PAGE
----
Sales taxes empower governments to maintain critical public services, but they can also make medical essentials too expensive for those who need them. Campaigns against taxing obligatory items are spreading across the United States, forcing states to rethink their revenue generation decisions.
Many governments historically lower or remove taxes on items they wish to make easier to purchase. Louisiana exempts most food purchased outside restaurants, for example, while Missouri exempts clay pigeons and targets used in skeet shooting. Neither state exempts diapers, however, which advocates say illustrates a glaring blind spot.
Diaper expenses quickly add up for families with infants or incontinent adults, and sales taxes only increase the burden. Some families pay more in taxes on diapers in a year than a month’s supply actually costs, Phillip Vander Klay, director of policy and government relations for the National Diaper Bank Network, noted in a recent discussion with PYMNTS.
“Depending on the state and local taxes, a sales tax can add between 2.5 percent to over 10 percent to the cost of diapers,” Vander Klay said. “The extra dollars could make a big difference in what families are able to afford and whether they try to stretch the diaper their child is wearing right now out longer, which puts [the child] at risk for infections.”
The cost of not buying enough diapers is steep, he added. Wearing soiled diapers for too long can cause health issues, and children are turned away from day cares if families cannot supply enough diapers, which means a lack of diapers can force parents to miss work. Incontinent adults frequently become homebound and isolated, avoiding socializing or even visiting doctors if they do not have enough clean diapers, Adam Greenberg, president of incontinence products retailer NorthShore Care Supply, said in a separate PYMNTS interview.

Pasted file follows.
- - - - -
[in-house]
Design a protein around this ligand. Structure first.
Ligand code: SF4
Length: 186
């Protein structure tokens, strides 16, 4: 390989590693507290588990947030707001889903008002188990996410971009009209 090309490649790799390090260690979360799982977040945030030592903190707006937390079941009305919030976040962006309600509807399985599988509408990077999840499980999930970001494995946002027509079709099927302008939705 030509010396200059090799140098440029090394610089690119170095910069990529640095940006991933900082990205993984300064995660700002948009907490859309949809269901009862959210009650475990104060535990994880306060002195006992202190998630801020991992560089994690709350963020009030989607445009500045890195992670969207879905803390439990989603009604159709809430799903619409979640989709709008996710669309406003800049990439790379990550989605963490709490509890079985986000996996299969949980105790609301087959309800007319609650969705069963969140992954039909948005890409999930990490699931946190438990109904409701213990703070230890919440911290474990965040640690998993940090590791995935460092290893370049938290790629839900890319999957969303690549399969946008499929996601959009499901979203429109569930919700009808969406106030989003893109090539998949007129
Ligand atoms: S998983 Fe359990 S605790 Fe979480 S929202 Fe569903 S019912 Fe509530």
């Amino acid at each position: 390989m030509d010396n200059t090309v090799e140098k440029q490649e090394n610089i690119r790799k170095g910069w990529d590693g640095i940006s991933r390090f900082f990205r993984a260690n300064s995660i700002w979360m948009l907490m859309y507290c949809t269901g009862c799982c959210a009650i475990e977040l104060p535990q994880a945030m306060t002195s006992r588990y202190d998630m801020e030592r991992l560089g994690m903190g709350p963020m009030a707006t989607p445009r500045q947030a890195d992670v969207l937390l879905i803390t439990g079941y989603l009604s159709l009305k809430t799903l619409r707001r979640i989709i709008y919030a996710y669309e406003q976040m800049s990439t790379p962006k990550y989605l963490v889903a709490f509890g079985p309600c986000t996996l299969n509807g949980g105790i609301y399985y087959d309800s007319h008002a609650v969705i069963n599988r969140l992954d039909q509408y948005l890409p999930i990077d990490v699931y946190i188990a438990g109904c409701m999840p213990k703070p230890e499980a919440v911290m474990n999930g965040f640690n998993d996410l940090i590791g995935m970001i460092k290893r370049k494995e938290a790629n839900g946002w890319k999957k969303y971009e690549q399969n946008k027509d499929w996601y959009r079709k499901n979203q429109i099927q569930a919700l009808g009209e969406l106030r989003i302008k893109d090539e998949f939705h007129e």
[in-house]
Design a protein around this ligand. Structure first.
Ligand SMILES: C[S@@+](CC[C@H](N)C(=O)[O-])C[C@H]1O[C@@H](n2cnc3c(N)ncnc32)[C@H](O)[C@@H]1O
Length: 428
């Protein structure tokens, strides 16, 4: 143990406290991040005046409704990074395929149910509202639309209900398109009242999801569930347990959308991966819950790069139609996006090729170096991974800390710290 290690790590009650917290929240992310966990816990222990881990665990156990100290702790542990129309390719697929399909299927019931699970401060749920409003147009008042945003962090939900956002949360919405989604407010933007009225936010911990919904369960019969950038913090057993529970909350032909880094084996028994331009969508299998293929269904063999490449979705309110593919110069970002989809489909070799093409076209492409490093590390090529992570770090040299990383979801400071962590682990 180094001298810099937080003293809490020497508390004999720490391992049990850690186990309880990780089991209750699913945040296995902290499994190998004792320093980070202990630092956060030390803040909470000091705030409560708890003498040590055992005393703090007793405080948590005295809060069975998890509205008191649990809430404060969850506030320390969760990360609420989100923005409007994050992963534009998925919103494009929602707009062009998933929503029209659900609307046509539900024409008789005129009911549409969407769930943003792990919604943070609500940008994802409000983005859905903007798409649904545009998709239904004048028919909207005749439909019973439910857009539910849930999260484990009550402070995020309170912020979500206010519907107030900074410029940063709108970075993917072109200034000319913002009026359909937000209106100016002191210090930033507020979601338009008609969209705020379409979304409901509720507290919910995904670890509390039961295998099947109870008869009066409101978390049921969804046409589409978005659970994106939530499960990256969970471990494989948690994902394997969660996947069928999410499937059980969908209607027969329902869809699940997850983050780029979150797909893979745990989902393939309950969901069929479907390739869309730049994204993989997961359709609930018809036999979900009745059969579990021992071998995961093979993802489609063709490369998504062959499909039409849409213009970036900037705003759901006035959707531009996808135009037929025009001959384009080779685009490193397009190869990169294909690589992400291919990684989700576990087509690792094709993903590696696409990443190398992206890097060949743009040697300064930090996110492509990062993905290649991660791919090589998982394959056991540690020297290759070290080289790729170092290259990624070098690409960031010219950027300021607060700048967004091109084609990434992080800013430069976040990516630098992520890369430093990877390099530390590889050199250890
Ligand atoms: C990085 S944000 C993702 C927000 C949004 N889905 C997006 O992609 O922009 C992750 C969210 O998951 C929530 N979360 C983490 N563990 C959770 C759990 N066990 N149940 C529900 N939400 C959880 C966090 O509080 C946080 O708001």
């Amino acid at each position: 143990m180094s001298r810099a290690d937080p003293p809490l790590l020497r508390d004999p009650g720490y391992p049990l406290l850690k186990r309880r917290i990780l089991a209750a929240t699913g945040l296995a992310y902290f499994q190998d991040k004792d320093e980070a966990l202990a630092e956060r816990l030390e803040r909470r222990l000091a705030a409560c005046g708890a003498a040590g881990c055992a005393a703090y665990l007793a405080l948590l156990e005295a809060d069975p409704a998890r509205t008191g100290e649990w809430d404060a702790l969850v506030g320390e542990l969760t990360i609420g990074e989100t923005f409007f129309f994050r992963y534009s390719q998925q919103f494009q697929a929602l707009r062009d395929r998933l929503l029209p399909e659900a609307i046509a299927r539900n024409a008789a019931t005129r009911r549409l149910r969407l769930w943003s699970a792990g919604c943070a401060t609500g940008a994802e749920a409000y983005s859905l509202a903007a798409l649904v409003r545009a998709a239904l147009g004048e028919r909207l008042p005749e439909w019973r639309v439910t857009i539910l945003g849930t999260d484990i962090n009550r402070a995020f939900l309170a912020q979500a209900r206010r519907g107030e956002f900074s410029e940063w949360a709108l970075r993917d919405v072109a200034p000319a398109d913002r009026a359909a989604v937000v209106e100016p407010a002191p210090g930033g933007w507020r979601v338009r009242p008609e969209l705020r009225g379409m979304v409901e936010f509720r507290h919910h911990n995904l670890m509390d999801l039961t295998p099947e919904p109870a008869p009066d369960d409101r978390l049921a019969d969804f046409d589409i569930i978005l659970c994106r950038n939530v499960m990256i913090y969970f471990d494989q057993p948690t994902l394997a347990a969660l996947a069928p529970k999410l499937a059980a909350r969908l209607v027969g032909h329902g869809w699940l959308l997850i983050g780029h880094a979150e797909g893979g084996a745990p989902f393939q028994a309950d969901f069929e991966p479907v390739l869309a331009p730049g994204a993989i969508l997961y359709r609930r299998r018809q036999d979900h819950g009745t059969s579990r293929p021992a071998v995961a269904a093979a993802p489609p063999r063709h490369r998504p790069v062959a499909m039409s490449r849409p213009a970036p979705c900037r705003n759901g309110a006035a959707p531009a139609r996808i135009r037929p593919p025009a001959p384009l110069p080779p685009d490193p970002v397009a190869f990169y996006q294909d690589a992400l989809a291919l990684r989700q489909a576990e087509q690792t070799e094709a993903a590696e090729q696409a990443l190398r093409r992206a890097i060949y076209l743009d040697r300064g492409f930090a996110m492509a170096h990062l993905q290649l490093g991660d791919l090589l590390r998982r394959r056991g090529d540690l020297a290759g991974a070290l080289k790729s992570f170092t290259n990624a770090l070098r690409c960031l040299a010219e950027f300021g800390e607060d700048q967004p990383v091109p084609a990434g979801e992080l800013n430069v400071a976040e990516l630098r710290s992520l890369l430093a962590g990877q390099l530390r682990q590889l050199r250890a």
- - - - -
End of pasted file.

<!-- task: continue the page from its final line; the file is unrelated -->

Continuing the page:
“If [incontinence] is a full-time, chronic condition, [diaper] expenses are hundreds of dollars a month in many cases,” he said. “Millions of people who need [such products] are [living] without any incontinence supplies at all.”
Diaper retailers used to help customers avoid tax costs by providing their products online to out-of-state consumers, but the practice only helped those with cash flow and internet access, and the 2018 Wayfair ruling has since stopped such reprieves. Laws enabling remote sales taxes mean retailers must now navigate each state’s policies, so they are no longer able to dodge compliance expenses and shield their consumers by lacking physical presences in states that tax these items.
This policy change has refocused legislative action advocates and retailers to address the impact of sales taxes on individuals struggling to afford necessities. Greenberg and Vander Klay recently gave PYMNTS the scoop on what this shifting landscape means for consumers and retailers.
Sales taxes’ price tags
Tax law changes can hit retailers hard if states do not carefully announce and implement them. NorthShore had enjoyed low tax obligations in Illinois, where diapers were considered medical devices and subject to reduced rates, but the company was caught off guard when the state’s Department of Revenue (DOR) changed its interpretation of the tax code to no longer include diapers.